calculating rays between the treatment source and the point on the product; and
determining the effects of the fixed zones and the variable zones on the calculated rays.
56. A computer readable medium having program instructions which when executed simulate radiation dosages received by a product to be passed along a radiation source in a cell, the product is to be stationary at a set number of locations in the cell, the computer readable media comprising:
program instructions for defining a point on the product;
program instructions for identifying pre-calculated lengths between the point on the product and the radiation source at each of the set of locations in the cell; and
program instructions for calculating a dosage of radiation to be received by the point on the product at each location, the calculating using the pre-calculated lengths.
57. The computer readable medium as recited in
program instructions for accumulating the dosage of radiation received by the point at each location; and
program instructions for presenting the accumulated dosage.
58. The computer readable medium as recited in
program instructions for tracing rays between the radiation source and the point on the product; and
program instructions for identifying a set of zones traversed by the traced ray, each zone defining a segment of the ray.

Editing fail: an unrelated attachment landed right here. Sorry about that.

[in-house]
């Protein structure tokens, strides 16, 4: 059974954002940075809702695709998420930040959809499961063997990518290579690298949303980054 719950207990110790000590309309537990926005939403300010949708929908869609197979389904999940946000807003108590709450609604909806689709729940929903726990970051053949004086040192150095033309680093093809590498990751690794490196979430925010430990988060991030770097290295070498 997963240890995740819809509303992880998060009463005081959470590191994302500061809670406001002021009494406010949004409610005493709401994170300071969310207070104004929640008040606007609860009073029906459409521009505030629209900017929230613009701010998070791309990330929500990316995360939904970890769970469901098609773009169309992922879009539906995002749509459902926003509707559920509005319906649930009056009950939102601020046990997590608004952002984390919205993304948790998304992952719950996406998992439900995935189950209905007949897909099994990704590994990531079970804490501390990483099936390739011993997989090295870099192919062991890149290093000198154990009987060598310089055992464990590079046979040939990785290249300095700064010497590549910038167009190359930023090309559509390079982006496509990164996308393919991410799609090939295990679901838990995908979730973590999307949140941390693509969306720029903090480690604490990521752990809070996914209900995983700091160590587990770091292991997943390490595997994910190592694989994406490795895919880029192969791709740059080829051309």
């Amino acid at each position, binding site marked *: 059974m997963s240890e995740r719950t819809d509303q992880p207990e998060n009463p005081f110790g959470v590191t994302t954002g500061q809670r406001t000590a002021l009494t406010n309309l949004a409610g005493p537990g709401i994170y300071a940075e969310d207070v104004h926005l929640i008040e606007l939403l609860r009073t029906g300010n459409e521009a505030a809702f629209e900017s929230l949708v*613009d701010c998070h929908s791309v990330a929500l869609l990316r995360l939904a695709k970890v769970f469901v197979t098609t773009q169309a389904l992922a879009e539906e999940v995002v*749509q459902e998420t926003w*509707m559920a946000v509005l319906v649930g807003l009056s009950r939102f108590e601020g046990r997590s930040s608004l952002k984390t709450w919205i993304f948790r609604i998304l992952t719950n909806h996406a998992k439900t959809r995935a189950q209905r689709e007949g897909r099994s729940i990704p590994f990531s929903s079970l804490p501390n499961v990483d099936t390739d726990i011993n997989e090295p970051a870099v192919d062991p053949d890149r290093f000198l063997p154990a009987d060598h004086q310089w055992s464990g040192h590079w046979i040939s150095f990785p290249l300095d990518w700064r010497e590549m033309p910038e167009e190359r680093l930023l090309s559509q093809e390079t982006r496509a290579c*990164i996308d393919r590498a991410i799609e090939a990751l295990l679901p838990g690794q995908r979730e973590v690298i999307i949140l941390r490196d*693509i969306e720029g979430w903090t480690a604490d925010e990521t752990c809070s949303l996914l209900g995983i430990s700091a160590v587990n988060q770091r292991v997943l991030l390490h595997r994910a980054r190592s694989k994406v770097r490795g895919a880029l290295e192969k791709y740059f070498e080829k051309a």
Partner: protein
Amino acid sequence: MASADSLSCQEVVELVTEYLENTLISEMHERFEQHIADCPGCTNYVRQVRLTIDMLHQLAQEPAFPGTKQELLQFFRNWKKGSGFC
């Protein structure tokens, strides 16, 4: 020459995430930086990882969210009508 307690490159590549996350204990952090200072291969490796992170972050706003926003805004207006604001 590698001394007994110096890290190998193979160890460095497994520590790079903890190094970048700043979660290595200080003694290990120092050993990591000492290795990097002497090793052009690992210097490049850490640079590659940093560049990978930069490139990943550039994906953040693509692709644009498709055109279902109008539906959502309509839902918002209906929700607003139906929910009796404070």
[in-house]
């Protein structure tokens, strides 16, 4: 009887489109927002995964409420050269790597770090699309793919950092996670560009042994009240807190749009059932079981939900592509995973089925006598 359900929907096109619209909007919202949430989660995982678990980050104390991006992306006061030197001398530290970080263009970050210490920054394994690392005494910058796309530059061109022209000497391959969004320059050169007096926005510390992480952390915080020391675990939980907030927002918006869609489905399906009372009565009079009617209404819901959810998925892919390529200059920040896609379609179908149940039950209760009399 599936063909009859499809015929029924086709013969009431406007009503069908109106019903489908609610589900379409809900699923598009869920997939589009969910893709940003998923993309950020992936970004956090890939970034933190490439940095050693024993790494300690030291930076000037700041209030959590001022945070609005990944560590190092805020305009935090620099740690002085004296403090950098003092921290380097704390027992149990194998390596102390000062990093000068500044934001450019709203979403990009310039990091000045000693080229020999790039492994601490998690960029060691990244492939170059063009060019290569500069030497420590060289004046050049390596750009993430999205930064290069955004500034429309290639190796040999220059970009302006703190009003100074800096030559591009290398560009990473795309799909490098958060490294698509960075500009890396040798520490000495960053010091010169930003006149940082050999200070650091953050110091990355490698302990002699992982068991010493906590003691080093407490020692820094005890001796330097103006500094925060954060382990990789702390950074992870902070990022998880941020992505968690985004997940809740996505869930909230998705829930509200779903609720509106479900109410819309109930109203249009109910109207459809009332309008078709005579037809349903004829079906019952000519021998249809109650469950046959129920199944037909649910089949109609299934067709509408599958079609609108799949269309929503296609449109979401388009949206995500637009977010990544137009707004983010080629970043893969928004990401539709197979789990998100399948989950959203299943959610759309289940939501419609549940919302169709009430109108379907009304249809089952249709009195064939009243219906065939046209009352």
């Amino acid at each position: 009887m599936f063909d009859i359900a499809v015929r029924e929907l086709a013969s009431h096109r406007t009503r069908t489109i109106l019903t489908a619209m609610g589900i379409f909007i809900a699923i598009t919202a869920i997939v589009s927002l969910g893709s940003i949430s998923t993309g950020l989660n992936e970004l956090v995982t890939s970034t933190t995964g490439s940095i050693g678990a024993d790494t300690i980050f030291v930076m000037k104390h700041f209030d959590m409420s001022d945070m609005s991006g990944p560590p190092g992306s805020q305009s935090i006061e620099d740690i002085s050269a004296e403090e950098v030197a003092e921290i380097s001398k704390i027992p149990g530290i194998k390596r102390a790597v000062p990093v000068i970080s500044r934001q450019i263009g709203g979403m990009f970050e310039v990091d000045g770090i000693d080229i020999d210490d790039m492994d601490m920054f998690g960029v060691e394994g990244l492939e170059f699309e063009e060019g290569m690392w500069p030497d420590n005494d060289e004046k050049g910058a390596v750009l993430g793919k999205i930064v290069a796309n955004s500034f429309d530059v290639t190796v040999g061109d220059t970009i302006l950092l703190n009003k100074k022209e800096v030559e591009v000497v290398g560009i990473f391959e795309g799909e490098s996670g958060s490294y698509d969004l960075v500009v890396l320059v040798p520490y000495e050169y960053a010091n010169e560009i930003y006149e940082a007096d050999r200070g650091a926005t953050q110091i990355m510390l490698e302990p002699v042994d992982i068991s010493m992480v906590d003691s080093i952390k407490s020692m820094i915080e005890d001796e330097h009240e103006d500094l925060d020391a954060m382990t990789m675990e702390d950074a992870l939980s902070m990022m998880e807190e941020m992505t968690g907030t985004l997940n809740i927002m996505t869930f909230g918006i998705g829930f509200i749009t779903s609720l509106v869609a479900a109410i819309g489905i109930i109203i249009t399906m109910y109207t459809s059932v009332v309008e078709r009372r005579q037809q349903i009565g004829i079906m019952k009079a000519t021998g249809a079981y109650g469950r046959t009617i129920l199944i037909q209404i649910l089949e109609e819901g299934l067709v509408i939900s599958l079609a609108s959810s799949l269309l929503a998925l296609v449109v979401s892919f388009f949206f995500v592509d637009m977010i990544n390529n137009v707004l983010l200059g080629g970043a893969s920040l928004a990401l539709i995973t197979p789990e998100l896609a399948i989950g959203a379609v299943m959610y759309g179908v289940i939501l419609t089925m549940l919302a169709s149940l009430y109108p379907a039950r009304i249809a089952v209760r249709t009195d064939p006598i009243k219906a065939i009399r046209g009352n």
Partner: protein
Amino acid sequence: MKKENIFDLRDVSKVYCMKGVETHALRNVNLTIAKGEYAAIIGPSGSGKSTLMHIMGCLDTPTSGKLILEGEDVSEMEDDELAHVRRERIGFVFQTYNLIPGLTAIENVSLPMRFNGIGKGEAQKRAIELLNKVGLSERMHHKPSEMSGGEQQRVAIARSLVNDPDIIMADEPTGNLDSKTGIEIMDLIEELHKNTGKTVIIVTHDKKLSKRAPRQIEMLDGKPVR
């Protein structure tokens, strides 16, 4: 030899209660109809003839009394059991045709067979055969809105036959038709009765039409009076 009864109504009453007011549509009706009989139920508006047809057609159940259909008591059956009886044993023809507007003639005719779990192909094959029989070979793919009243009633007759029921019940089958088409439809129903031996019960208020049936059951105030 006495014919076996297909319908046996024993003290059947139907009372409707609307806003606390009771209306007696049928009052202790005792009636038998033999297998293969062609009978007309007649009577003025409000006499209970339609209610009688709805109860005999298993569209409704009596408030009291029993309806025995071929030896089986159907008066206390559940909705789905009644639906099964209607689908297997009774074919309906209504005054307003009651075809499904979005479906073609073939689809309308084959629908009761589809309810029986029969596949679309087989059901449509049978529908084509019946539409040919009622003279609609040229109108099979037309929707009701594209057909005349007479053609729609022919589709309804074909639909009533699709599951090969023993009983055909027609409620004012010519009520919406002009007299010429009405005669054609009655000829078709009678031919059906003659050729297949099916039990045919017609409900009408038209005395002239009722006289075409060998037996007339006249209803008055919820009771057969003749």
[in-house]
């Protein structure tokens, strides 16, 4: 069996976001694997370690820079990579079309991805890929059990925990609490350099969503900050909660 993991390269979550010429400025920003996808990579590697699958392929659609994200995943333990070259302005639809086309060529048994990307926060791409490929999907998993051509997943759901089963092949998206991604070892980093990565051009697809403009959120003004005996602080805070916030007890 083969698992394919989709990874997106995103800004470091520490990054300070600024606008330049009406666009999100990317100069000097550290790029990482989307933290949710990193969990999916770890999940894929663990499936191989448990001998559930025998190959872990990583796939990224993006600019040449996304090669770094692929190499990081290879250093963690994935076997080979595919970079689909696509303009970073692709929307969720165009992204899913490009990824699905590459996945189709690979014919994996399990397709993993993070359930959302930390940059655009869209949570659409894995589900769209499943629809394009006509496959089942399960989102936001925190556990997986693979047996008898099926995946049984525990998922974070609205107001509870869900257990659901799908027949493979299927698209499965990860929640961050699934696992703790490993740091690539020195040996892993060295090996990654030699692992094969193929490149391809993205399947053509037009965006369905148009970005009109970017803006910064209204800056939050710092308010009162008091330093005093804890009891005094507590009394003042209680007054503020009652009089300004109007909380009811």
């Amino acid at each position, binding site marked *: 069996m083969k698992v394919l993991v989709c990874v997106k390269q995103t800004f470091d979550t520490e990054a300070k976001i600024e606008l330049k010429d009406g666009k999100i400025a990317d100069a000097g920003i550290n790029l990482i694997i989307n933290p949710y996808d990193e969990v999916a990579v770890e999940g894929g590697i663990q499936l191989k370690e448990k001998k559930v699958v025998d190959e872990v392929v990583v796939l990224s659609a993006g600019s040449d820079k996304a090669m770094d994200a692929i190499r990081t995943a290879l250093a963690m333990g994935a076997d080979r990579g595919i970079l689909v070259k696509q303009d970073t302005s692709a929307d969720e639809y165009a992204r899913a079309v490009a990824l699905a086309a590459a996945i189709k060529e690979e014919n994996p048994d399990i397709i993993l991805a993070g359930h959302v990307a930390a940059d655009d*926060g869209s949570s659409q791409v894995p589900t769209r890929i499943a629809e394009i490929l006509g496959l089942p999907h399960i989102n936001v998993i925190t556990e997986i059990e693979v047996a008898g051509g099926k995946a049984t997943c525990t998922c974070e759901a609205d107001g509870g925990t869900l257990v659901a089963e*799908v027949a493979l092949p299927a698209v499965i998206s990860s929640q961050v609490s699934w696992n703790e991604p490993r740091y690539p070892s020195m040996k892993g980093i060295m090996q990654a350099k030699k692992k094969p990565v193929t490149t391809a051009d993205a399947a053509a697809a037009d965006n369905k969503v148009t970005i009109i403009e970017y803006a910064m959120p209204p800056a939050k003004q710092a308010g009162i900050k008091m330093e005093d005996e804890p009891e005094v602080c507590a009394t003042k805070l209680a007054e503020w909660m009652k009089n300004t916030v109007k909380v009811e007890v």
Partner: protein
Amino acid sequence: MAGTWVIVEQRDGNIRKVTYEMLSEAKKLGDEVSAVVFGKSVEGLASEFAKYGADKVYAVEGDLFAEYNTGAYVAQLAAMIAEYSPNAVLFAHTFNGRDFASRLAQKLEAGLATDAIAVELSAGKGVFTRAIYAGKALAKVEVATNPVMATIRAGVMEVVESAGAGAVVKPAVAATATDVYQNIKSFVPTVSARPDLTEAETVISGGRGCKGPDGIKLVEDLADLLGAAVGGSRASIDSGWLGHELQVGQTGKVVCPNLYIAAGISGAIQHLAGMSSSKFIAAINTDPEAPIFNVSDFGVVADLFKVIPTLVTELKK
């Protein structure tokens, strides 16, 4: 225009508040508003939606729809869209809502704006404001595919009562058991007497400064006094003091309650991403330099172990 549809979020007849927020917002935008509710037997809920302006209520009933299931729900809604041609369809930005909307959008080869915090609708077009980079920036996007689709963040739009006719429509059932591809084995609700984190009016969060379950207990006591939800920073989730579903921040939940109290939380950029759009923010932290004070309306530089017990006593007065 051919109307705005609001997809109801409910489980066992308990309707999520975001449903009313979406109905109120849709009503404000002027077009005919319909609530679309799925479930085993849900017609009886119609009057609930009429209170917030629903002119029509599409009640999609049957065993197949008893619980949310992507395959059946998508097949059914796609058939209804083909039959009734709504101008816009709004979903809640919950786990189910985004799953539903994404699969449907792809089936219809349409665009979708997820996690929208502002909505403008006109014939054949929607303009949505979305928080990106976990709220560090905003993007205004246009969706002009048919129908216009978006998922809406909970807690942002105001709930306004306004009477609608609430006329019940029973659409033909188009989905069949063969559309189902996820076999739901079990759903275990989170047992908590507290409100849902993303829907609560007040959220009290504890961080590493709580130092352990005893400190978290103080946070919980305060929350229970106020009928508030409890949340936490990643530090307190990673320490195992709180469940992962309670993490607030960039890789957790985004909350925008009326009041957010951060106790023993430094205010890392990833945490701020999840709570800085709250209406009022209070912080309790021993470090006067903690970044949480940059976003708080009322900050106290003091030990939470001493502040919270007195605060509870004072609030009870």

59. The computer readable medium as recited in
60. The computer readable medium as recited in
61. An apparatus for irradiating a product, comprising:
a cell, the cell being configured to contain radiation;
a radiation source, the radiation source being located within the cell;
a transport mechanism;
a product, the product being transported using the transport mechanism through the cell, the product being associated with at least one dosimeter, the product and the dosimeter receiving a radiation dosage from the radiation source, the radiation dosage capable of being defined by a simulation prior to the product entering the cell, wherein the simulation identifies pre-calculated lengths between the dosimeter and the radiation source and uses the pre-calculated lengths to determine the radiation dosage received by the dosimeter.
62. The apparatus as recited in
63. The apparatus as recited in
64. The apparatus as recited in
65. The apparatus as recited in
66. The apparatus as recited in
67. The apparatus as recited in
68. The apparatus as recited in
69. The apparatus as recited in
70. An apparatus for exposing a product to a treatment, comprising